Telenor sells Myanmar business for a song

Telenor has sold its operations in Myanmar for less than a quarter of the licence fee it paid to enter the market seven and a half years ago.

Mary Lennighan

July 8, 2021

3 Min Read
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Telenor has sold its operations in Myanmar for less than a quarter of the licence fee it paid to enter the market seven and a half years ago.

The Norwegian firm has agreed to hand the business over to Lebanon-based investment firm M1 Group for US$105 million (NOK900 million), $55 million of which is payable over five years. The deal equates to an enterprise value of around $600 million, Telenor said.

M1 Group will acquire all Telenor Myanmar’s shares and will continue to run the business, it added.

That will be no easy task. Myanmar has been in a state of unrest for the best part of six months following a military coup, which – amongst many other things – brought restrictions on mobile phone and Internet usage. In recent days reports have emerged that Myanmar’s ruling military junta is pressuring telecoms executives to install spyware on their networks to help it intercept communications from opponents and resistance groups.

Telenor’s decision to call it a day in Myanmar comes as no surprise. The telco wrote down the value of its Myanmar operations in the first quarter, booking a NOK6.5 billion ($780 million) impairment charge relating to the business that pushed the group to a NOK3.9 billion net loss. On publication of those Q1 numbers in May, Telenor’s group CEO Sigve Brekke described the situation in Myanmar as “deeply concerning…[with] limited prospects of improvement.”

Last week the telco followed up with the announcement that it was evaluating its options regarding its ongoing presence in the market. It was pretty clear what its intentions were.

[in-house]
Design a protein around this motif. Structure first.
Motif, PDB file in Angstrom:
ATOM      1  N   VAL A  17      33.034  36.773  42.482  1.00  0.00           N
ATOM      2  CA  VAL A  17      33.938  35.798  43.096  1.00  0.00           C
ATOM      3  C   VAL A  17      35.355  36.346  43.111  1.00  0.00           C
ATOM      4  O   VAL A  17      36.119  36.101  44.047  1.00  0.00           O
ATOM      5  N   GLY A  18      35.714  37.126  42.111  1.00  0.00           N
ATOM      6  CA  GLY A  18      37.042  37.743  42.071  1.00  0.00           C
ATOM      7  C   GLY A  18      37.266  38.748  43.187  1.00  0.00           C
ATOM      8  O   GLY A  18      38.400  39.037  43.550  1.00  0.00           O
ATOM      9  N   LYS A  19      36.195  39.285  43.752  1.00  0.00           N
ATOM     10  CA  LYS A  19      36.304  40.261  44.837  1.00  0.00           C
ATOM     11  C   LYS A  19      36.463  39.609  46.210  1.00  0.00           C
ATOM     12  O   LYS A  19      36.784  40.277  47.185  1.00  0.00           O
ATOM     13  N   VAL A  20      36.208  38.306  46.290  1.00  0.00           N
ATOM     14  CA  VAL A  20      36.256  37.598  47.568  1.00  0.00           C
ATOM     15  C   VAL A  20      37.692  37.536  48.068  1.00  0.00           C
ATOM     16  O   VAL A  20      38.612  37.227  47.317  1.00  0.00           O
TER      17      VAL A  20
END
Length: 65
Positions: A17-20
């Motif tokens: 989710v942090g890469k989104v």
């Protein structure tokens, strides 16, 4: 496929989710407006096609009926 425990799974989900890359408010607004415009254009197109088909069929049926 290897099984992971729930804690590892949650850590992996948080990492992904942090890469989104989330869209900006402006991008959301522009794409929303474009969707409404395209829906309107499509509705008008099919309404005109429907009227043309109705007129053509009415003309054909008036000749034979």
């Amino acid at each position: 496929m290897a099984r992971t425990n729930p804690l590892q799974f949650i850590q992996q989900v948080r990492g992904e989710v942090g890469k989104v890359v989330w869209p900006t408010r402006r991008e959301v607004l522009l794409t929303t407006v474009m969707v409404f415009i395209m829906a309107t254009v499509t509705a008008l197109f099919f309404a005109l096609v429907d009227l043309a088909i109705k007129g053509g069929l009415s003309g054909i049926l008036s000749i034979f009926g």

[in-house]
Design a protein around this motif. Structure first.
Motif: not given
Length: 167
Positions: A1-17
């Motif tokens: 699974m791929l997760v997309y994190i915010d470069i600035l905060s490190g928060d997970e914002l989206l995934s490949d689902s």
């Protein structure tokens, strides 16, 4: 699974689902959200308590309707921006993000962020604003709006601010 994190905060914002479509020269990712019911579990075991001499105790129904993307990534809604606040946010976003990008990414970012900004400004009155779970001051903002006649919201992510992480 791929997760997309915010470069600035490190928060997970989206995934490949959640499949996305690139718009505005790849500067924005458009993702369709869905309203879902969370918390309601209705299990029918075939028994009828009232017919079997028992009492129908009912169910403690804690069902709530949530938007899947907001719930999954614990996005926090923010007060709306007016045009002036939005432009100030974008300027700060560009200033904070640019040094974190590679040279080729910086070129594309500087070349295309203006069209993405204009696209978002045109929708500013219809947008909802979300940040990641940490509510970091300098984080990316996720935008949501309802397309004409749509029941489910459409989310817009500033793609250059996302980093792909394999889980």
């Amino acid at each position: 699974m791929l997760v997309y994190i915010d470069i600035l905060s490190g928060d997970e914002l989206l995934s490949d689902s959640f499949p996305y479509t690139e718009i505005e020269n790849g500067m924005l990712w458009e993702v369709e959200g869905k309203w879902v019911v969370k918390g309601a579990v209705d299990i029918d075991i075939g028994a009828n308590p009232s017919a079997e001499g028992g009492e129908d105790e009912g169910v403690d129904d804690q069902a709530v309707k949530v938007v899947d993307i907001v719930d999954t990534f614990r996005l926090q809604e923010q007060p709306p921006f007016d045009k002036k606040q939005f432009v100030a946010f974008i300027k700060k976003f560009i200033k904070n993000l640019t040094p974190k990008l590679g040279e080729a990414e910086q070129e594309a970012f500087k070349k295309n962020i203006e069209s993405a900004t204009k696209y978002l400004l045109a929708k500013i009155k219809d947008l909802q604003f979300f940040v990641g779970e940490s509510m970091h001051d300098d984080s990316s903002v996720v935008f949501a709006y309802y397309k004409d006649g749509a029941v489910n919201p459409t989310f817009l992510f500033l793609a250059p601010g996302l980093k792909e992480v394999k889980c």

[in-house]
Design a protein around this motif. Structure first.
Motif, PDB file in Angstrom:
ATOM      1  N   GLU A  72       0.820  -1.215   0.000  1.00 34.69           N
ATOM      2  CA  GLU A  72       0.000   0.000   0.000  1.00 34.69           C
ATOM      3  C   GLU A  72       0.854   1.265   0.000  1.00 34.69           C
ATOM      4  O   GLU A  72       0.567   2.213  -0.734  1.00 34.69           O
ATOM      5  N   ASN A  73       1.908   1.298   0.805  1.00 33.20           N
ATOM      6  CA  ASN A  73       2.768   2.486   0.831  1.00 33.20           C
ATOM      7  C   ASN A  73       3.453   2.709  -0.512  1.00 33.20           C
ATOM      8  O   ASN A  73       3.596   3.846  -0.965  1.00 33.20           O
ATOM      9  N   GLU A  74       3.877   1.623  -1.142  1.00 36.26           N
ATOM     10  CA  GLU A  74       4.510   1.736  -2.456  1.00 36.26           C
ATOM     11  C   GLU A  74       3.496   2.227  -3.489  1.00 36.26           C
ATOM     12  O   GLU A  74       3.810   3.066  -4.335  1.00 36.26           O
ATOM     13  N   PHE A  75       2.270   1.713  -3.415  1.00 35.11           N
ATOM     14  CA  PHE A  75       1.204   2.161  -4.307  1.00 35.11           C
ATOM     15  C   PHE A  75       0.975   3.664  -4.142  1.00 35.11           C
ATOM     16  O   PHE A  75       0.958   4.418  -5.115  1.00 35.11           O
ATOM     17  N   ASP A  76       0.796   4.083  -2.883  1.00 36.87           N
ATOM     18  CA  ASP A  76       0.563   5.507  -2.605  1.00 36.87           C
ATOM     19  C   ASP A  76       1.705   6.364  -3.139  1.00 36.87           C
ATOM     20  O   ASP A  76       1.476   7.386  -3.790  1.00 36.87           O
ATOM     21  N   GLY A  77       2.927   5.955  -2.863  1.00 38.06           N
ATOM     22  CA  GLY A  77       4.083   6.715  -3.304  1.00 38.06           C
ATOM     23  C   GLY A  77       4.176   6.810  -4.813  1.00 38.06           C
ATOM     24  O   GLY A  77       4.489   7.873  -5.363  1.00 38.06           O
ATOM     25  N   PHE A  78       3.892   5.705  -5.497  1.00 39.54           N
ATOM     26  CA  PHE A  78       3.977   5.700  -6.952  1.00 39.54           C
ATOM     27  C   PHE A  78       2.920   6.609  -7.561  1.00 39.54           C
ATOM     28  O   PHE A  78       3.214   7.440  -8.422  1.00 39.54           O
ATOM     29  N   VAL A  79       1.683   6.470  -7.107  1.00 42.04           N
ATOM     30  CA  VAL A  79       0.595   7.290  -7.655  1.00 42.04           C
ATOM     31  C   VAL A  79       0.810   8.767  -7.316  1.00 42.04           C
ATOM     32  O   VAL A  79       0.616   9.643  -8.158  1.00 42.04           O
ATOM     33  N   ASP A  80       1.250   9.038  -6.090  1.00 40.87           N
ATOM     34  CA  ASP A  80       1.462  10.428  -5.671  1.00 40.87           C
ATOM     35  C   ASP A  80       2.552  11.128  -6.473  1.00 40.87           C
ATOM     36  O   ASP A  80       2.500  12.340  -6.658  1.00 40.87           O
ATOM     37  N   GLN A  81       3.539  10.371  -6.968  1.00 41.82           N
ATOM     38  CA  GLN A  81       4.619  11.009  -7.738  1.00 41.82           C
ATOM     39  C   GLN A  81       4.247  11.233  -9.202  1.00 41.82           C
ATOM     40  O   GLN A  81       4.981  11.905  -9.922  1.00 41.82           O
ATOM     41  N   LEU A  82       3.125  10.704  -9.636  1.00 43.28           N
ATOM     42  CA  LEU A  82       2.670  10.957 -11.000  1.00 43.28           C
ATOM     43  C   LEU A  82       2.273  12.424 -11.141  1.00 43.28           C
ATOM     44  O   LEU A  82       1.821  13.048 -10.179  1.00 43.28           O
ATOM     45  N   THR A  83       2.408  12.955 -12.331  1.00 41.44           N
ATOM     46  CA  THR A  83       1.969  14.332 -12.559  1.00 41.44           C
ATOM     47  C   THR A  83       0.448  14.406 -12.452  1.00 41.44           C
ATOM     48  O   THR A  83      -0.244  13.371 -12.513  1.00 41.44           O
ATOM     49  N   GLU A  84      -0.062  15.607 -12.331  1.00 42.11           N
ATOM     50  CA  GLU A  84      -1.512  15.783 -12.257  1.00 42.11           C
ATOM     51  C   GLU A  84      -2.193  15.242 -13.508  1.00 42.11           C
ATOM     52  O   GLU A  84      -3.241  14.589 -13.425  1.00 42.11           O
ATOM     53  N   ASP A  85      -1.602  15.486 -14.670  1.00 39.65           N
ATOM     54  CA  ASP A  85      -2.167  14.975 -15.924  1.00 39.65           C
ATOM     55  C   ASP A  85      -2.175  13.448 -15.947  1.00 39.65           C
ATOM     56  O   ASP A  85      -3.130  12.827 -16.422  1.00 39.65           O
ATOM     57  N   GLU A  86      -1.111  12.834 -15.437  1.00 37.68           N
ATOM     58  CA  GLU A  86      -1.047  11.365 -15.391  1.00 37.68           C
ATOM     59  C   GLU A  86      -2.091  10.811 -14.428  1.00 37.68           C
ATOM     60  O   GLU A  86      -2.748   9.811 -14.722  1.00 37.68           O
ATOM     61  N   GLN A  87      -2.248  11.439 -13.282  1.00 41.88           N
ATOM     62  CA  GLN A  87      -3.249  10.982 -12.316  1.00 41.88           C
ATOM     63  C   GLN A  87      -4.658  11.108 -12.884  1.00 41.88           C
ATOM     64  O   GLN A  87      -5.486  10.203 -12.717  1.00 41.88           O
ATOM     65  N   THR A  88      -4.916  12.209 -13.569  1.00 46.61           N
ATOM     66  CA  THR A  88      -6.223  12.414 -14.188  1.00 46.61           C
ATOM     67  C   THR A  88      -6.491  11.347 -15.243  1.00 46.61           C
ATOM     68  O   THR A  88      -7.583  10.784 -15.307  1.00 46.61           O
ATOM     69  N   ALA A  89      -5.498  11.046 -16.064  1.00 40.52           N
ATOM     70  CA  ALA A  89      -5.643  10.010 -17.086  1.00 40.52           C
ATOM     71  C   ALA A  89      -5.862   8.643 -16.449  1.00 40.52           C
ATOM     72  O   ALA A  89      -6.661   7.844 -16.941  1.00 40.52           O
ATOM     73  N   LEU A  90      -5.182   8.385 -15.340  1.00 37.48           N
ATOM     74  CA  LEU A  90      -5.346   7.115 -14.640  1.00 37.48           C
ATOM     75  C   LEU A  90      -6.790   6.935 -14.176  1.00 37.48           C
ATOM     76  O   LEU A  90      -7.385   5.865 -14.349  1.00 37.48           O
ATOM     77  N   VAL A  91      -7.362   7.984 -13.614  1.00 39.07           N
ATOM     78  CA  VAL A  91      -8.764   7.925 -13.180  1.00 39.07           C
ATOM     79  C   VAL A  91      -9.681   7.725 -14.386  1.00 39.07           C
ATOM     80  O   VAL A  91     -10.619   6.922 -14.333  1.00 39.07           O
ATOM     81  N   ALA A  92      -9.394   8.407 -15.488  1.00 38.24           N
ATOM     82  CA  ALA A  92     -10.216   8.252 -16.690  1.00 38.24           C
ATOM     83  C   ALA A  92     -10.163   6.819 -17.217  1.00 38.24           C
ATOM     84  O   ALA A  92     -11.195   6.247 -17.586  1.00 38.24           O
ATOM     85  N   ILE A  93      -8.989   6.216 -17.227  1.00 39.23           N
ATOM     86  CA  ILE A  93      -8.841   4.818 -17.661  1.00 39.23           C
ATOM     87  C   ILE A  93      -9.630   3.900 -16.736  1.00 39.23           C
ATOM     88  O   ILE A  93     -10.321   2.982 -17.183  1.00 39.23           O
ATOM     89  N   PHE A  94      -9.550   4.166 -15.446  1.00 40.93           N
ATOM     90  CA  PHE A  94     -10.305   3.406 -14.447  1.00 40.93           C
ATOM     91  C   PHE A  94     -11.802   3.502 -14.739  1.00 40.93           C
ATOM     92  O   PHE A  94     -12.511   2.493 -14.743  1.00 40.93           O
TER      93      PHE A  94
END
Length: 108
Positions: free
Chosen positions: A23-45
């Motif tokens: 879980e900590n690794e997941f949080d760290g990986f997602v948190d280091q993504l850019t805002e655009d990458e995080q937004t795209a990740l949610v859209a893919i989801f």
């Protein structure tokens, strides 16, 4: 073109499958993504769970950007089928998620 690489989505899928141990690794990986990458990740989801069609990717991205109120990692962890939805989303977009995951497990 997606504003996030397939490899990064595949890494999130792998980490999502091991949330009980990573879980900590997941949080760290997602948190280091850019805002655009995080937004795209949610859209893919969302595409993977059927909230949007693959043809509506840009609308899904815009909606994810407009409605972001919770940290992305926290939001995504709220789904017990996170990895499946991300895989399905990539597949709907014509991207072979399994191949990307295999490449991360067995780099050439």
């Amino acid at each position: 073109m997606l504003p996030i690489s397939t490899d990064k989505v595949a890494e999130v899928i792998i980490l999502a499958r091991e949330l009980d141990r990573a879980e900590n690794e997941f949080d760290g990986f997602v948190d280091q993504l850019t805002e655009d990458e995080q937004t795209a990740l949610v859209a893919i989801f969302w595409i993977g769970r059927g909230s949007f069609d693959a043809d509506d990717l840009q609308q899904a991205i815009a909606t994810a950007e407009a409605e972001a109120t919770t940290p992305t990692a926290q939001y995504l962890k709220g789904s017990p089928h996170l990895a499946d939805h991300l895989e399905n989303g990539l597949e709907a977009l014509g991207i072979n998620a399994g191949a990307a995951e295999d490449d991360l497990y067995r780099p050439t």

It’s a far cry from the mood of optimism that accompanied Telenor’s entry into the market – one of the world’s last great growth opportunities, with significant pent-up demand for mobile communications – in 2014. After a high-profile licensing contest in 2013, with many major international telecoms players in the frame, Telenor and fellow licence winner Ooredoo paid $500 million for the right to offer services in Myanmar at the start of 2014 and launched services later in the year.

Reports of strong uptake came almost immediately and the market later welcomed two new players, part state-owned MPT-KSGM and Mytel. The mobile sector was flourishing.

It is anyone’s guess how the market will fare under the current regime, but one thing is clear: while Myanmar was never an easy market in which to operate for a Western player, it is now virtually impossible.

“Further deterioration of the situation and recent developments in Myanmar form the basis for the decision to divest the company,” Telenor said on Thursday. “In the present situation it has not been possible for Telenor to conduct an ordinary sales process.”

Its position was reiterated and fleshed out somewhat by Brekke. “The situation in Myanmar has over the past months become increasingly challenging for Telenor for people security, regulatory and compliance reasons,” he said. “We have evaluated all options and believe a sale of the company is the best possible solution in this situation. The agreement to sell to M1 Group will ensure continued operations.”

Telenor said it has provided funding to the tune of NOK5.3 billion (just over $600 million), but that the business has paid out NOK3.2 billion in dividends since it turned cashflow positive in 2017.

The world’s last great greenfield market was not so lucrative after all.

About the Author(s)

Mary Lennighan

Mary has been following developments in the telecoms industry for more than 20 years. She is currently a freelance journalist, having stepped down as editor of Total Telecom in late 2017; her career history also includes three years at CIT Publications (now part of Telegeography) and a stint at Reuters. Mary's key area of focus is on the business of telecoms, looking at operator strategy and financial performance, as well as regulatory developments, spectrum allocation and the like. She holds a Bachelor's degree in modern languages and an MA in Italian language and literature.

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